Monday, September 26, 2005


"I would like to bring you up to date with a comment heard on Fox News Channel during the reporting on preparations in Texas for hurricane Rita. Shepard Smith noted that Texas has a culture of individual independence and ownership of guns is common. He stated that any looter in Texas was likely to be confronted by armed citizens should police not be present, with the probability they would be shot. He opined that it was unlikely that police in Texas would even attempt to disarm citizens, and any force which did attempt to break into homes and disarm the homeowner might be met with armed resistance from the citizen.

Having lived and worked in New Orleans for a short period many years ago, and worked in the city temporarily several times since, I can certainly say there is a distinctly different culture in that city. Poverty and welfare have produced a dependency culture not found in the general population here in Texas. While most Americans generally would comply with reasonable governmental requests, I believe there are many US citizens, if not most, who would ignore government demands which they believe impinge on their rights and freedoms. Those citizens who would comply with an order to give up firearms are generally found in larger urban areas primarily in "Blue" states (and obviously vote Democrat).

I highly doubt that our Governor, and other state officials, would countenance any suggestion that disarmament be undertaken. While I'm not in the impact area, woe be unto any person who comes to my house and attempts to enter forcibly to disarm me and my family (or for any reason for that matter). And for the record I'm a retired federal Senior Special Agent and do have a significant respect for the law. However, I have a greater respect for the US Constitution and my rights and responsibilities as a citizen".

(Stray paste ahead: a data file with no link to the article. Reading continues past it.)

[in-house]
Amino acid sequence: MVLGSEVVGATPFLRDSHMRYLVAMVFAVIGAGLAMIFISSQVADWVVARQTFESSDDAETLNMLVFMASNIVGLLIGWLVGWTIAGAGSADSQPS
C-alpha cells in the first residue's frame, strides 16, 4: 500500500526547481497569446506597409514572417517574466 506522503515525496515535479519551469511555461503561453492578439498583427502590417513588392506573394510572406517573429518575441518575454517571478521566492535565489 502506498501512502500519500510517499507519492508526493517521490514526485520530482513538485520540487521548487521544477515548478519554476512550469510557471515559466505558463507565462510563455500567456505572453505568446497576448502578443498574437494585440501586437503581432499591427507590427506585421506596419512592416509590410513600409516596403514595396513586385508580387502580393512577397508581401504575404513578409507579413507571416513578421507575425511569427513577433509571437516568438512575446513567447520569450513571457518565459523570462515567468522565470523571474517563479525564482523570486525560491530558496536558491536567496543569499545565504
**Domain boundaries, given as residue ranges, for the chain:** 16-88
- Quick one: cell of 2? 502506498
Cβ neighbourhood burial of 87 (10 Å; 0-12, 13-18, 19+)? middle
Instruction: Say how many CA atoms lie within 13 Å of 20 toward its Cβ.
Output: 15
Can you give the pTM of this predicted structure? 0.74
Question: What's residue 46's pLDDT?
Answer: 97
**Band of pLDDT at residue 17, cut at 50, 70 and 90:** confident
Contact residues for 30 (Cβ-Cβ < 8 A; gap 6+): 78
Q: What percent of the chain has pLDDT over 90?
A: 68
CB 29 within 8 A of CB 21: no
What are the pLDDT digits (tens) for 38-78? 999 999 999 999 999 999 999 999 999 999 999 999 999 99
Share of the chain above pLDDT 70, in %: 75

A federal jury on Friday found a former Alton man not guilty of violating federal gun laws. Derek Leland, 25, of Dover, N.H., was charged with three counts of lying on applications to purchase five 9mm pistols from Frati's Pawn Shop in Bangor in November 2003. The all-male jury deliberated for an hour before delivering its verdict following a day-and-a-half long trial in U.S. District Court. Leland grinned as his attorney, Stephen Brett of York Beach, playfully punched him on the arm each time the court clerk read, "not guilty." Leland's girlfriend, Rebecka Miller, 25, of Dover, N.H., who testified on Thursday on his behalf, wept as the verdict was read. "We're very happy that it went this way," Leland's mother, Linda Leland, 51, of Alton, said after the trial.

Assistant U.S. Attorney James McCarthy, who prosecuted the case, declined to comment on the verdict.

Brett said the jury saw Leland's honesty when he took the stand on his own behalf. "Derek told his story honestly and openly," the attorney said after the trial. "He didn't wane, he didn't waver and what he did is not against the law." What Leland did, according to McCarthy, was purchase five "Saturday night specials" between Nov. 22 and 29, 2003. When he purchased them, Leland told pawn shop owner Orlando Frati that he wanted them for Christmas presents, the prosecutor said Friday in his closing argument.

It is illegal for a person to buy a gun on behalf of another individual. Federal law allows a person to purchase weapons for possible resale or as a gift. Leland did not give them as gifts, according to court documents, but sold three of the guns to his roommate, Ian J. Nasino, 20, and one to a friend, Jeffrey H. Pulver, 27, in Berwick within 24 hours of purchasing them.

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